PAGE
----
Wake Forest 27587 Magazine

Spring 2018

The quarterly 27587 MAGAZINE is a must-read, in-you-hands publication that strives to give a deeper identity to rapidly growing Wake Forest, N.C. It highlights in-depth stories, targeting higher-income households.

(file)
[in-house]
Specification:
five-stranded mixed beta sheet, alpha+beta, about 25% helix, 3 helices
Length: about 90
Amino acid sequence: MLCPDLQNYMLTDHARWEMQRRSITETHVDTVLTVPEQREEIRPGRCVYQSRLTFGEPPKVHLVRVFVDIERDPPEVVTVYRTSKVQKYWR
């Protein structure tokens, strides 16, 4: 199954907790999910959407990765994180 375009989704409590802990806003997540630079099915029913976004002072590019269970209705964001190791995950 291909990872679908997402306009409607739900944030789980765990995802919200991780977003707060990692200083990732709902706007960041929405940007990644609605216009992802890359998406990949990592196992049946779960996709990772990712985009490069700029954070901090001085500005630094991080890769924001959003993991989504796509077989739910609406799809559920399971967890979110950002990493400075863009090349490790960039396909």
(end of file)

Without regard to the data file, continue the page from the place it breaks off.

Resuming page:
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Wake Forest 27587 Magazine | Spring 2018 7 "He was a shutterbug in his younger years," said his son, William Flourney Jr., a landscape architect sometimes referred to as the "father" of the Raleigh greenway system. "Back then, he took photos of everything and everybody." The son began donating his father's extensive war-time collection of photographs to the North Carolina State Archives in 2002, with the final batch arriving in late 2016. The Betty Grable shots might have been something of a surprise. "We didn't pour over the collection of photographs that he had," Flourney Jr. said, with one caveat. "We kept the most embarrassing stuff." The elder Flourney took the Betty Grable pictures in 1942 while stationed at Fort Bragg, with the images showing her presenting a trophy to the camp's baseball team and trying on an officer's hat. "Apparently, she filmed throughout the war a documentary about her wartime visits to military camps around the world, most notable in the Pacific," said Matthew Peek, a military collection archivist at the state archives and a self-confessed "big Betty Grable fan." "There are two different-titled documentaries shot of her at Fort Bragg in 1942, as listed in the book The North Carolina Filmography by Jenny Henderson." Later, in the early days of television, Betty Grable was something of a fixture, serving as the headline singer on 1954's "Shower of Stars" and dancing with husband Harry James on a 1958 episode of "The Lucy-Desi Comedy Hour." She died at the age of 56 in 1973, with the cause of death listed as lung cancer. "The actress, according to friends, was 'a very heavy smoker' of cigarettes," according to her obituary in The New York Times. As for the extensive collection of photographs and military camp newsletters, WWII ration books, and the like donated to the state archives, they were the keepsakes of the elder Flourney, who served in war-torn Belgium and was an inductee not entirely fond of his predicament. "My dad had a love-hate relationship with the military," Flourney Jr. said from his home in Raleigh. "He was just under the maximum age (of 37 when drafted)." WILLIAM L. FLOURNOY SR. PAPERS / MILITARY COLLECTION / STATE ARCHIVES OF NORTH CAROLINA Film actress and pin-up girl Betty Grable fixing a U.S. Army officer's hat on her head while surrounded by the Reception Center baseball team at the Fort Bragg Reception Center in 1942. She was at Fort Bragg, N.C., filming a documentary called "Betty Grable at Army Camp. " These photographs, taken by William L. Flournoy while he was stationed at Fort Bragg for U.S. Army service during World War II (1942), capture a smiling Betty Grable.

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